Agencies are increasing their use of reverse auctions without enough dependable information on the potential for cost savings.
The Government Accountability Office analyzed the four main agencies using reverse auctions, and pointed to practical flaws in a recent report.
From fiscal year 2008 to 2012, the number of reverse auctions used by the Army, Department of Homeland Security, Interior, and Veterans Affairs almost tripled, according to the report.
As agencies turn more and more to reverse auction contracts believing in their time and money-saving capabilities, GAO cautions officials to make sure gains are being realized. The report found that for more than one-third of the contracts in FY 2012, competitive bidding was not used to drive prices lower in reverse auctions.
“Reverse auctions are a promising, innovative way for agencies to save taxpayer dollars. As with any tool, though, there is a right way and a wrong way to use it.” Sen. Tom Carper (D-Del.), chairman of the Homeland Security and Governmental Affairs Committee said in a statement.
A reverse auction requires sellers to compete against one another, and allows the buyer to compare all proposals with added transparency. Oftentimes the competition results in a lower price. Up until 1997, Federal Acquisition Regulation (FAR) guidelines prohibited bidders from seeing competing bids in contract negotiations. Currently, the FAR doesn’t include anything about reverse auctions specifically.
In fiscal 2012, the four studied agencies reported saving $98 million from reverse auctions. But, GAO questioned that amount. The calculated savings do not account for awards where vendors did not compete to drive prices down. Also, baseline prices for contract awards are variable and determined by a contracting officer. Contracting officers are mandated to use either market research or the government independent cost estimate to determine the selected target price for an auction in a certain value threshold. According to GAO, contracting officers decide many features of each auction that ultimately dictate the level of competition and potential cost savings. About a quarter of reverse auctions were not awarded to vendors with the lowest bid in 2012.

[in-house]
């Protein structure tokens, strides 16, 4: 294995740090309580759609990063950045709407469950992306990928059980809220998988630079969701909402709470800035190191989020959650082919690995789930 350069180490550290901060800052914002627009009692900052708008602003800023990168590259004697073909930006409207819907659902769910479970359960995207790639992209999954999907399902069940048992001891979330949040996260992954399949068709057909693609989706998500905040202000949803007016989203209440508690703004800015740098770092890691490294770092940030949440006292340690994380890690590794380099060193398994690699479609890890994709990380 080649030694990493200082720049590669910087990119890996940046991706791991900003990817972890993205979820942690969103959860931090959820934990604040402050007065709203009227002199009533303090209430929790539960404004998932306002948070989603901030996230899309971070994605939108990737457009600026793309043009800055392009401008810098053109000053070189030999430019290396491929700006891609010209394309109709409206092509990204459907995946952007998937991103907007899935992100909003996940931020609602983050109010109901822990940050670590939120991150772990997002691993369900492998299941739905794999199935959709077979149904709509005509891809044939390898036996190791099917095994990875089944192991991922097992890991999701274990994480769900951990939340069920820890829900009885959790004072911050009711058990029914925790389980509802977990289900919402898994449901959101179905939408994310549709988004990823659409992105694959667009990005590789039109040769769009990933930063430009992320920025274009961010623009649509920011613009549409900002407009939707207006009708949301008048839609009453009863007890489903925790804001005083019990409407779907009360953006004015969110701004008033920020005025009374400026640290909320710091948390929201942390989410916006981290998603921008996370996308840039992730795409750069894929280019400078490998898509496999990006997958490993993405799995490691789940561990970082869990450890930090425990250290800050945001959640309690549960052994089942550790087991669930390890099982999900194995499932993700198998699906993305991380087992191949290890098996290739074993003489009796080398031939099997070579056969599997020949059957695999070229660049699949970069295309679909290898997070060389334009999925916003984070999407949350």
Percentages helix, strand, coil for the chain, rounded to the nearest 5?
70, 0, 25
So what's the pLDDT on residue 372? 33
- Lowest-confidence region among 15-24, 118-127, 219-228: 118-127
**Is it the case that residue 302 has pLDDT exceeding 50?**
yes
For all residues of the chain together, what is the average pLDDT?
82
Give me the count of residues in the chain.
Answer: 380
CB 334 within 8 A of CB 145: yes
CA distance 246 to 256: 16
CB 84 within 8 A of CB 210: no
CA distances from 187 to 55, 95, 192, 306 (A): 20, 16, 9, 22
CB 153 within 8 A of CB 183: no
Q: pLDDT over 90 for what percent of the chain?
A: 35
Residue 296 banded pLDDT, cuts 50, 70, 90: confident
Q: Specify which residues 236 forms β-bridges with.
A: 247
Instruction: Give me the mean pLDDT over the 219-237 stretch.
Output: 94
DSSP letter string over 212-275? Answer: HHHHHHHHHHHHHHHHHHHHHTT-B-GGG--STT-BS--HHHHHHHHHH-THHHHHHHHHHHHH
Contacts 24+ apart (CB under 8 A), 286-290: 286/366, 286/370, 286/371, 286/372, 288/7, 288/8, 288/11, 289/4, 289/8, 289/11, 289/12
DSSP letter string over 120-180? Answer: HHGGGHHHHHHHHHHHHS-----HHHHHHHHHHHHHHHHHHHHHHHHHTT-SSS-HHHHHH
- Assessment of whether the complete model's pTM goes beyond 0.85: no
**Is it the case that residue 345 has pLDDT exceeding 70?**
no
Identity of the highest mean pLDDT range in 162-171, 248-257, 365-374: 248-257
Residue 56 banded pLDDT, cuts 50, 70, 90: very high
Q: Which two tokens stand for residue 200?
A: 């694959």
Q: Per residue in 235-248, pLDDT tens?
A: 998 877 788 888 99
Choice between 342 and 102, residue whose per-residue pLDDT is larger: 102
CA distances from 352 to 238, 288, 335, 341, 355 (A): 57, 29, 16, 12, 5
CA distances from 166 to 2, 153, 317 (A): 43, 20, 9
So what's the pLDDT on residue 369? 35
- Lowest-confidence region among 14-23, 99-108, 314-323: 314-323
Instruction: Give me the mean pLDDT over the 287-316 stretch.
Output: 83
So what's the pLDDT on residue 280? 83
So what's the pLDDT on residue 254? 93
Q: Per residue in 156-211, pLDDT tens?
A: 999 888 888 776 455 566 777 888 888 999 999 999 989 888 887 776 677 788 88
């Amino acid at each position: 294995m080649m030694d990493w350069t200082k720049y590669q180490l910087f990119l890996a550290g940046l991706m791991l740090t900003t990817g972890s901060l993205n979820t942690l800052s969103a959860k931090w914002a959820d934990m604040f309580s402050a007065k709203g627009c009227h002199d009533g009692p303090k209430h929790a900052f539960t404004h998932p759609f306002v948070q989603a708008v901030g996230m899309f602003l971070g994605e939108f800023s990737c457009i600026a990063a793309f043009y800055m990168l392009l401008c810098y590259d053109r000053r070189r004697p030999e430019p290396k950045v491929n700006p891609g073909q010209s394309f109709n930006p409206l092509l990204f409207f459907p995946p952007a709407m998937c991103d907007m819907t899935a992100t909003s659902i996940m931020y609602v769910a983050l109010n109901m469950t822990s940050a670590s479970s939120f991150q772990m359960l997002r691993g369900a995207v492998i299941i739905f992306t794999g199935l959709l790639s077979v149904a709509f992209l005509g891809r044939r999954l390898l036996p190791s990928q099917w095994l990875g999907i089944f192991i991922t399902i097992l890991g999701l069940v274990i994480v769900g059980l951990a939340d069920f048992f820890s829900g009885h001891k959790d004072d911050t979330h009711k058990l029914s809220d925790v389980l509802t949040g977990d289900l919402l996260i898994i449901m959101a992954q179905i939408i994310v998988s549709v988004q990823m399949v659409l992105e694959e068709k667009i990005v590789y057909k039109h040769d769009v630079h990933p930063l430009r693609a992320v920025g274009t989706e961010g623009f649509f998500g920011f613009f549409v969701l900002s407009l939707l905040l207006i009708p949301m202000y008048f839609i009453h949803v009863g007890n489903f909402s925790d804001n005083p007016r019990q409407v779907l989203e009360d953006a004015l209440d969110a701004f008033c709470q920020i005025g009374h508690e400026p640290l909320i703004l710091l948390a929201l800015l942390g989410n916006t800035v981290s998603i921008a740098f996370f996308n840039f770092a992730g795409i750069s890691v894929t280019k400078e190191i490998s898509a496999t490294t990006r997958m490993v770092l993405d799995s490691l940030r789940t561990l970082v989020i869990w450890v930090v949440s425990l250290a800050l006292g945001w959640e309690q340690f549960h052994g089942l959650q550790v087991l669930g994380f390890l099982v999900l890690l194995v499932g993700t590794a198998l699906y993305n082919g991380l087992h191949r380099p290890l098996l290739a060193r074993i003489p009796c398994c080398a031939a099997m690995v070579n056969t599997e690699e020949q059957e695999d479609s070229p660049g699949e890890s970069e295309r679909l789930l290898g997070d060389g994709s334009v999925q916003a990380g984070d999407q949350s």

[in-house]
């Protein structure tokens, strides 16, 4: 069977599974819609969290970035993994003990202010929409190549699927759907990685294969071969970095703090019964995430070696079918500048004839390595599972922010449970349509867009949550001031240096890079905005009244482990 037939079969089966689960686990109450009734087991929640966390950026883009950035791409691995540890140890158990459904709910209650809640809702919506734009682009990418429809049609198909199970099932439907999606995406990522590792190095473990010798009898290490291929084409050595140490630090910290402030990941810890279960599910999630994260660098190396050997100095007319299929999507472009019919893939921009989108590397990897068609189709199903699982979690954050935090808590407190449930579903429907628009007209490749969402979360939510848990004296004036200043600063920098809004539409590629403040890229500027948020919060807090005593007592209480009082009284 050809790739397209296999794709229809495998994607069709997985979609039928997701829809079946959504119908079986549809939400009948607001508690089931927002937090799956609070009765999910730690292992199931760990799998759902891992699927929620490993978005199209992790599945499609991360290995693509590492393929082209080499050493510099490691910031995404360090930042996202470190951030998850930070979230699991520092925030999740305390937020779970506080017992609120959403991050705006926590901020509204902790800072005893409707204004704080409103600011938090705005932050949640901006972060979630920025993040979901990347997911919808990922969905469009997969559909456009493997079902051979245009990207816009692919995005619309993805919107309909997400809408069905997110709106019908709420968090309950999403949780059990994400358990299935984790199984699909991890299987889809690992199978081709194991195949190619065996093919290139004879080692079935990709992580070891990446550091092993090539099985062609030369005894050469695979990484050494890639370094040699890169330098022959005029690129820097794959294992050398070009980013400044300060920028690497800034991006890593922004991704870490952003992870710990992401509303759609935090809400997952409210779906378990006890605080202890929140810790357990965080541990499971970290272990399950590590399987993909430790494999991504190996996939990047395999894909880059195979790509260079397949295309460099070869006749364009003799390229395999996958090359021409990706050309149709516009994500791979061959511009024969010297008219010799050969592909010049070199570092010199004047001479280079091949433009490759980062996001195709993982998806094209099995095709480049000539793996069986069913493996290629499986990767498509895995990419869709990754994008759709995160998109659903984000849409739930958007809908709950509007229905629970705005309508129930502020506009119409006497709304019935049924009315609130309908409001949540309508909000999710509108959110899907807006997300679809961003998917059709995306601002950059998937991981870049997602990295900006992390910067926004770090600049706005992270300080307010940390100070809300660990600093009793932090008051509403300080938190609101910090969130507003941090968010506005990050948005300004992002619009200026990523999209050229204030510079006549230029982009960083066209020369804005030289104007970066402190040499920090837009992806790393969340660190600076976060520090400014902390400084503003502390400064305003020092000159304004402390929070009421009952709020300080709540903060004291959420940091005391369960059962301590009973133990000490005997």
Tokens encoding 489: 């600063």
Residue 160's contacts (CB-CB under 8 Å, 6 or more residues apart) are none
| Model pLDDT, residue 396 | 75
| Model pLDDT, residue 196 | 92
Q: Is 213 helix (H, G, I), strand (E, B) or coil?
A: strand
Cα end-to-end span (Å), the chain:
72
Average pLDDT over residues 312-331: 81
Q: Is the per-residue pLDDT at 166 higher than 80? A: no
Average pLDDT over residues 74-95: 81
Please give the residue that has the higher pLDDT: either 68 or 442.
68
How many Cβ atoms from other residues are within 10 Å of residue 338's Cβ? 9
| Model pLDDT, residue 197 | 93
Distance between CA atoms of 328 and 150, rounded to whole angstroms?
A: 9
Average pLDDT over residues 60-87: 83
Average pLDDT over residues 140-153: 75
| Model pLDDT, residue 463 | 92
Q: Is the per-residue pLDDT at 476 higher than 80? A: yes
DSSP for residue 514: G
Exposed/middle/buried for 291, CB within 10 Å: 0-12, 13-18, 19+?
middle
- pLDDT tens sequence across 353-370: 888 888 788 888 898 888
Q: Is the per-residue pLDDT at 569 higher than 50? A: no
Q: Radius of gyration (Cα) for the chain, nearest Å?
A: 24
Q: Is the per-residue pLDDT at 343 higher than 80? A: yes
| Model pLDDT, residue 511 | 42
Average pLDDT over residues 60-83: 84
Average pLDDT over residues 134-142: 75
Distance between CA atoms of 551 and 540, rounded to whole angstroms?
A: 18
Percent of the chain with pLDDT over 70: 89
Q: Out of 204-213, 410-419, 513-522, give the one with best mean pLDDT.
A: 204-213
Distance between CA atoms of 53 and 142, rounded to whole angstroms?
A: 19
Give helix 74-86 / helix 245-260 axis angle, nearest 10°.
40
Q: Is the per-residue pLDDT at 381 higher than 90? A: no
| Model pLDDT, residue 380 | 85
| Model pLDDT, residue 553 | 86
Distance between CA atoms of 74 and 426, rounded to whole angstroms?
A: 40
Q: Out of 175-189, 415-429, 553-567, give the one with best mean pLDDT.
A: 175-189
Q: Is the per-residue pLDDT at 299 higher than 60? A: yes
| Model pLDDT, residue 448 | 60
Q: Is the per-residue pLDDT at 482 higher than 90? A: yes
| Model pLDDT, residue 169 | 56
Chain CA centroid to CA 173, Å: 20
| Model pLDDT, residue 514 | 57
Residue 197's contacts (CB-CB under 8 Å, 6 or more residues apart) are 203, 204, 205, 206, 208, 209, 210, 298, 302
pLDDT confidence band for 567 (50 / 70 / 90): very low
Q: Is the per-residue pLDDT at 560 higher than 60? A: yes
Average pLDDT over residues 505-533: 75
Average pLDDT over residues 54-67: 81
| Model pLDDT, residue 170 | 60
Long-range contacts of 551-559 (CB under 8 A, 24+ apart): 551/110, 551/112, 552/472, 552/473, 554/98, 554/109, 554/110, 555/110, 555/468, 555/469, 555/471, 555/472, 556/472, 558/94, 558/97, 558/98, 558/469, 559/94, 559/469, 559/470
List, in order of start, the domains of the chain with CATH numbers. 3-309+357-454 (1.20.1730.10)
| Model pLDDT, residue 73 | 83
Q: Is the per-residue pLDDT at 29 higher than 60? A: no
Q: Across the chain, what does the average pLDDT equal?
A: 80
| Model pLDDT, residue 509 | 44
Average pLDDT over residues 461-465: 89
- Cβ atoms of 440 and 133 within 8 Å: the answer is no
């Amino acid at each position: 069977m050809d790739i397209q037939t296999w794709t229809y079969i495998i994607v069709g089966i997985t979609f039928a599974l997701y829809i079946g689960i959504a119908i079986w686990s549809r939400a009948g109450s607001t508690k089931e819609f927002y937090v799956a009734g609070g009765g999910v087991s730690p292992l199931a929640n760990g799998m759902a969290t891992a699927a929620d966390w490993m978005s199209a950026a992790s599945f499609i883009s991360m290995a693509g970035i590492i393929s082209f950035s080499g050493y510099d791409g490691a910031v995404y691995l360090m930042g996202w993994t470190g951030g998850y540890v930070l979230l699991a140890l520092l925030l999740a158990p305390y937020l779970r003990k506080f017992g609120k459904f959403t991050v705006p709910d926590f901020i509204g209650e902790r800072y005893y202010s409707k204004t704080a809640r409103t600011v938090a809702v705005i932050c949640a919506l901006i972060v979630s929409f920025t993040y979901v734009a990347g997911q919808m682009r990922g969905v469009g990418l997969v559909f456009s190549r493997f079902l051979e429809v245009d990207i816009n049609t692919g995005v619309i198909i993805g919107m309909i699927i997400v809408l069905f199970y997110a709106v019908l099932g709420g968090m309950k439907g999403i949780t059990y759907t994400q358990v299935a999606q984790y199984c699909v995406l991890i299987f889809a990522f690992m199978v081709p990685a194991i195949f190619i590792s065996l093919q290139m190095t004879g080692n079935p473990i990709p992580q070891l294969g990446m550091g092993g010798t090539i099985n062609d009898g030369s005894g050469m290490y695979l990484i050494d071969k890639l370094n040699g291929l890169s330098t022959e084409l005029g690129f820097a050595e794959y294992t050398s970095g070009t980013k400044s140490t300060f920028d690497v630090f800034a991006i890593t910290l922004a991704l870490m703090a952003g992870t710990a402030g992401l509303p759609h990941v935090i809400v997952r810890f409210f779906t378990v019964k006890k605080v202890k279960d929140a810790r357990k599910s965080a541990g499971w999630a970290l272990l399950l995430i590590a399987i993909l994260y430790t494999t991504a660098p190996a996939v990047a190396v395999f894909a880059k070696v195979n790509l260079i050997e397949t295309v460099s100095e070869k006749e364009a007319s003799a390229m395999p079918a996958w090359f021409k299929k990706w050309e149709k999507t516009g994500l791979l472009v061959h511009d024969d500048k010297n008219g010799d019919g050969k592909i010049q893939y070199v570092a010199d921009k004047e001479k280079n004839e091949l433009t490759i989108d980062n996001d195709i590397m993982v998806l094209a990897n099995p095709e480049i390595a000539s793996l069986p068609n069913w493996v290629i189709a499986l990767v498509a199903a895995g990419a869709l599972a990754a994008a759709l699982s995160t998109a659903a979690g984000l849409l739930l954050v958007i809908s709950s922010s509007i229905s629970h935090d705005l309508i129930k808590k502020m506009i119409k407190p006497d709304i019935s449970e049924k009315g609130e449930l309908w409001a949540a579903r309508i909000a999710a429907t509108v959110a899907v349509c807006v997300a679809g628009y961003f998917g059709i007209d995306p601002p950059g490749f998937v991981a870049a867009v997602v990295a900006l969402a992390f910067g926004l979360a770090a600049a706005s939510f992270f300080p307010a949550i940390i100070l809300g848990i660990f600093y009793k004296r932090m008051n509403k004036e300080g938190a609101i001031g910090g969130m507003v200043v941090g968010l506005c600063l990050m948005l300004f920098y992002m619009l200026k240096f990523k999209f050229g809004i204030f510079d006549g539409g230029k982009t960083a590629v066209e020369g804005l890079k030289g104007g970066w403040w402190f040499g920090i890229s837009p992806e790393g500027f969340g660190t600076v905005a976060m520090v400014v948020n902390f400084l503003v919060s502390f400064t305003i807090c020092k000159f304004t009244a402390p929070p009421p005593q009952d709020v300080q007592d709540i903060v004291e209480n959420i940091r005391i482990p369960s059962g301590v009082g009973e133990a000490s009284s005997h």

The four agencies examined all used FedBid’s reverse auction services. GAO found that using FedBid to moderate reverse auctions for many small contracts allowed senior contracting officials to spend more time on more complex acquisitions.
GAO said in some cases agencies ended up double paying when using reverse auctions. Almost half of the reverse auctions in FY 2012 resulted in overlapping contracts — causing the agency to pay two fees. One fee for the existing contract and another fee to FedBid for its reverse auction services.
The report also discovered that agency officials and contractors alike have uncertain ideas about where the money goes throughout each step of the reverse auction process and how FedBid is involved.
GAO recommended that the Office of Management and Budget take steps to amend the FAR so that it addresses agencies’ use of reverse auctions. It also urged OMB to issue government-wide guidance to help agencies determine reverse auction best practices.
The Office of Federal Procurement Policy says it requested each individual agency’s reverse auction policy in 2012, and the results are still pending.
Reverse auctions for contracts $150,000 or less made up 95 percent of 2012 acquisitions. The majority of products purchased using reverse auctions tended to be commercial IT products and services, and medical supplies. Goods and services that are easily available and without many specified requirements represent the most prevalent use of reverse auctions, and the bulk of vendors bidding are small businesses.